The First Post Office


Australia’s postal service took its beginnings in a regulation issued on July 6, 1803, fixing the charges to be made by boatmen plying for hire between Sydney and Parramatta. This charge-list covered passengers and goods, including “Letters, exclusive of Government service, each twopence.”

At the same time, the boatmen were put under a bond of £50 each, with two sureties of £25 each. However, there was no post office in Australia, and the safe custody of mail depended on the honesty of those who carried it. Many frauds and thefts took place. The wide inconvenience caused thereby was remedied by a General Order issued on April 25, 1809, by Lieut-Governor William Paterson.

This order appointed Isaac Nichols as Australia’s first postmaster. He or his nominee was to board incoming ships, collect all letters and parcels addressed to the Colony, and take them to an office in Nichols’ house in Lower George Street. A list of the mail so received was to be published in the “Sydney Gazette,” and addressees were to take delivery themselves.

As payment for his service, Nichols received a shilling per letter, two shillings and sixpence per parcel up to 20lb. in weight, and five shillings for any parcel over that weight.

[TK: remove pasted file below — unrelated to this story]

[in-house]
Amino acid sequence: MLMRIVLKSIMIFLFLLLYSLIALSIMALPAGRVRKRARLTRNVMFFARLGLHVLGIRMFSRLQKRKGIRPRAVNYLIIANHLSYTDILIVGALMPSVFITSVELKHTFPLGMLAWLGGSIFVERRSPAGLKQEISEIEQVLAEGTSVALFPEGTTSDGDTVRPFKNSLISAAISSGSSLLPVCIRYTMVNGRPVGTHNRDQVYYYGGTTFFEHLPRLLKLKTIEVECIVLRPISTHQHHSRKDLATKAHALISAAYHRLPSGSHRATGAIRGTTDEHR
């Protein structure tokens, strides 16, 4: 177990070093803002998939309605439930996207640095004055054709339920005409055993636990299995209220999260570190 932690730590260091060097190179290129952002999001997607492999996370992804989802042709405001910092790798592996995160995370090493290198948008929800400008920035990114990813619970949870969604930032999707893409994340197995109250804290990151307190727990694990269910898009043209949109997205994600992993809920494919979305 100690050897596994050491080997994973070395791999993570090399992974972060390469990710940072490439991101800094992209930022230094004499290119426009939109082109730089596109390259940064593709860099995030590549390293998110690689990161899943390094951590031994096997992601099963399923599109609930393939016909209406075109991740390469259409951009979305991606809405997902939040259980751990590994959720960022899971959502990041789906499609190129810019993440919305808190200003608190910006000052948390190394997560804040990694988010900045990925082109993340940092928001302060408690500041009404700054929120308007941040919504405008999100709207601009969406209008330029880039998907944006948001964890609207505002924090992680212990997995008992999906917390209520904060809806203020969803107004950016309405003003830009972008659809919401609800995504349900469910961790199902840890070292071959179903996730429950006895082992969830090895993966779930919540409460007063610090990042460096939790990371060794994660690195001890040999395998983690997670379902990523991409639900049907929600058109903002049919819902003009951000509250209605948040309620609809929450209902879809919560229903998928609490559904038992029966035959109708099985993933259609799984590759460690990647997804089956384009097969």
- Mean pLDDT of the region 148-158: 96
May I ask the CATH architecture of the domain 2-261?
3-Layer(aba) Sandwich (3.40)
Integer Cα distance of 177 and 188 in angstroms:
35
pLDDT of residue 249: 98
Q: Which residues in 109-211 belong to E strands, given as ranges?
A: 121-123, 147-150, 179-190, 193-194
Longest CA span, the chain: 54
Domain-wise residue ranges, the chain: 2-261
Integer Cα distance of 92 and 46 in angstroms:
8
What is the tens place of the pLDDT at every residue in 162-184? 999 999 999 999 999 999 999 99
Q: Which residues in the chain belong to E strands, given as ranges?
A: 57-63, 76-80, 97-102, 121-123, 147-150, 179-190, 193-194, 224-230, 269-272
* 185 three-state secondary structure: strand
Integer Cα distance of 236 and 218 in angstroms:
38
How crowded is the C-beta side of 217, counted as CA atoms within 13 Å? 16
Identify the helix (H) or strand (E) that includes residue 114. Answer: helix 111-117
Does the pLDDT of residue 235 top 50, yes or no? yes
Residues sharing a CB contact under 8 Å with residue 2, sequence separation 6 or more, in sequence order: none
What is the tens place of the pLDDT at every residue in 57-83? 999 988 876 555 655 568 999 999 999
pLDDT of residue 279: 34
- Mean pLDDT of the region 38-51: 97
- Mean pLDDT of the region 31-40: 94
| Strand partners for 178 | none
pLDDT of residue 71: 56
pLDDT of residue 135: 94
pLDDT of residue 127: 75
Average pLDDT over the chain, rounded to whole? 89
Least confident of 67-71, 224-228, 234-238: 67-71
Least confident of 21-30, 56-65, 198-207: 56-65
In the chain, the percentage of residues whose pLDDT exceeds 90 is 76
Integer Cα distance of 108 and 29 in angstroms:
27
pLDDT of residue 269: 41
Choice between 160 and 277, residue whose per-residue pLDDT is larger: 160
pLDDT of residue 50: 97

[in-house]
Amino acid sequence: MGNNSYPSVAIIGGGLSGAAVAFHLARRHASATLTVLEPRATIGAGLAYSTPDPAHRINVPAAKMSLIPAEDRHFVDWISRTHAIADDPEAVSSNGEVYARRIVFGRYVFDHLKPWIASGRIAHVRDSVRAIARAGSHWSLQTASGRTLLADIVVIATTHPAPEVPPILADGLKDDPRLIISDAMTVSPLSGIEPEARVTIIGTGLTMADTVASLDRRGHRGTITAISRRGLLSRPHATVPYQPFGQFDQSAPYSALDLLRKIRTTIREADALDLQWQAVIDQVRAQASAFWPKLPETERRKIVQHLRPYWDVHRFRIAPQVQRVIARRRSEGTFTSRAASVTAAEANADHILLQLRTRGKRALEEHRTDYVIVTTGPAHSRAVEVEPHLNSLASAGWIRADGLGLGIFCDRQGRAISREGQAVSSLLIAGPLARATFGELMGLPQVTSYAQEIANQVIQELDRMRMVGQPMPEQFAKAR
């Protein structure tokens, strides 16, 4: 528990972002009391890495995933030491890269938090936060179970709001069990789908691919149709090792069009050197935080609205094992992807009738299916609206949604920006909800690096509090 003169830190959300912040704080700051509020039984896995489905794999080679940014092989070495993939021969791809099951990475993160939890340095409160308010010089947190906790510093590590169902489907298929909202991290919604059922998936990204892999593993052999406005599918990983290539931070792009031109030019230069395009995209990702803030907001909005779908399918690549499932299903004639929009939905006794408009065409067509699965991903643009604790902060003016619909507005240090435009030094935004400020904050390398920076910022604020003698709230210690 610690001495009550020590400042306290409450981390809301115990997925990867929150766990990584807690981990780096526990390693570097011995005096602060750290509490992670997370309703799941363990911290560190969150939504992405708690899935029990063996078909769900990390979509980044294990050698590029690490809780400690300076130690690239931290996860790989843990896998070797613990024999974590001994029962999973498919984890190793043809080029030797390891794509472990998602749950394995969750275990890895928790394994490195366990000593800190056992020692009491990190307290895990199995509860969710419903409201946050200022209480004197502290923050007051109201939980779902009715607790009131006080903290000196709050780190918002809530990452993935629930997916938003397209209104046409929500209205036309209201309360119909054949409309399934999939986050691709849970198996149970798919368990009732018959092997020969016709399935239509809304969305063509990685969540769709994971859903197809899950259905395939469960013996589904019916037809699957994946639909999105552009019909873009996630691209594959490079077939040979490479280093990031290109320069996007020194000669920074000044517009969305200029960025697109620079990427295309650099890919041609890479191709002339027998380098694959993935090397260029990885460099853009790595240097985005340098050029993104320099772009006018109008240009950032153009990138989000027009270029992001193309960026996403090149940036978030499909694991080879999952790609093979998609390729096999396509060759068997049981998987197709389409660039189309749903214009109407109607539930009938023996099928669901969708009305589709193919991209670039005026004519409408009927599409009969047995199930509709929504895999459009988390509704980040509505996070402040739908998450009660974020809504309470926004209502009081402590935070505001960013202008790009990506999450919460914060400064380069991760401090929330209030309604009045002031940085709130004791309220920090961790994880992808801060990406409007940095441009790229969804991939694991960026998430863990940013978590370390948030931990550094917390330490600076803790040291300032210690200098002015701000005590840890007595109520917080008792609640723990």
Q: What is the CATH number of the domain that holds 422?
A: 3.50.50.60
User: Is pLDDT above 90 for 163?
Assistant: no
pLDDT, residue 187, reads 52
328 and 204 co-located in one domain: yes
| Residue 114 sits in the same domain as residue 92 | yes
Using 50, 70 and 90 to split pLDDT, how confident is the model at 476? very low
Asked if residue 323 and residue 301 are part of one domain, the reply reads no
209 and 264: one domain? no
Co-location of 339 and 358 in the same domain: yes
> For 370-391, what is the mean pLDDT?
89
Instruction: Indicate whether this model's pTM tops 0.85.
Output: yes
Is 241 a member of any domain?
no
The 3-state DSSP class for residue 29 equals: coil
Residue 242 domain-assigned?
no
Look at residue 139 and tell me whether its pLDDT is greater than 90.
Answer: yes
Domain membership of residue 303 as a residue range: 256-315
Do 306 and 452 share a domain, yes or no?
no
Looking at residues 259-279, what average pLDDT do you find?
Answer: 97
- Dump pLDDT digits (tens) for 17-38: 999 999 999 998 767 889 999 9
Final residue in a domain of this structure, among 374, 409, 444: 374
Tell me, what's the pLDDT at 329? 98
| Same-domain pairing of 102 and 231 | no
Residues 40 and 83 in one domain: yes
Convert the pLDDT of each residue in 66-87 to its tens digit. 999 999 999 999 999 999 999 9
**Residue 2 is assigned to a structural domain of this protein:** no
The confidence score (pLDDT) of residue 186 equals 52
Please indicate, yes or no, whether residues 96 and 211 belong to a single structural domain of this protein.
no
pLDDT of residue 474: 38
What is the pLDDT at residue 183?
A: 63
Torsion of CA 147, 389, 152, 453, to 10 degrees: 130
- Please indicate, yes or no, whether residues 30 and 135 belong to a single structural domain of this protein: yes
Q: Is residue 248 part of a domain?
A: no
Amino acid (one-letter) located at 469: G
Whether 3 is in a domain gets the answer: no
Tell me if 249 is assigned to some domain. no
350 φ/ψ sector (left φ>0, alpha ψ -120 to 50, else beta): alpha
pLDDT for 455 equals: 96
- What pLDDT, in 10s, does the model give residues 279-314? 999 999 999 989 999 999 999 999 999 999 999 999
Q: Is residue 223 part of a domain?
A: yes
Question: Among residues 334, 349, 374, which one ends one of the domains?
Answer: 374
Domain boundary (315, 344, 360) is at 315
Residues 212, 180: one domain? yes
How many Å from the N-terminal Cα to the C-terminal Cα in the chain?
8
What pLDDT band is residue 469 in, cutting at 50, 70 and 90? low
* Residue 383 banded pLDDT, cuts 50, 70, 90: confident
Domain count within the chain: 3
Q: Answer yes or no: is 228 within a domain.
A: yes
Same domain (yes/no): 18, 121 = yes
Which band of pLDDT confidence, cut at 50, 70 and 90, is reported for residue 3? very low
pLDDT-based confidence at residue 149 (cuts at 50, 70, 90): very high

On June 23, 1810, Governor Macquarie extended the service to all letters received within the Colony. He reduced the overseas postage to eightpence and fixed a price of fourpence each for colonial letters.

Nichols held his position as our first postmaster for ten years until his death in 1819. He was succeeded by George Panton, a wharfinger, whose post office alternated between a shed on the King’s Wharf and another shed behind a wall in Bent Street.

In January, 1829, this post office was moved to the old Police Quarters in George Street. Part of the General Post Office occupies the site to-day.

A year earlier, postmasters had been appointed at Bathurst, Campbelltown, Liverpool, Newcastle, Penrith and Windsor. In 1830, the mails went as far as Port Macquarie, Goulburn and Wellington, either by mail contractors or, until 1834 by the Police.

In 1838, a fortnightly overland service to Melbourne was established, and, in 1847 it was extended to Adelaide.

New South Wales was the first country in the world to adopt a system of prepaying letters by postage stamps. The stamps were embossed on sheets of paper known as letter covers, and were first issued in 1838. They saved the letter-carrier the task of collecting postage, and were a great success.

Adhesive stamps were first issued in Australia on January 1, 1850.

Since the days when Isaac Nichols was our first postmaster, Australia’s postal business has increased enormously. Last year alone, 1,014,000,000 postage stamps were printed in Australia, and more than 24,000,000 items of postal stationery (postcards, letter cards, wrappers, aerogrammes and stamp booklets) were issued.

Australia’s Postal Department now operates more than 10,000 post offices and handles over 1,500,000,000 letters and parcels yearly.

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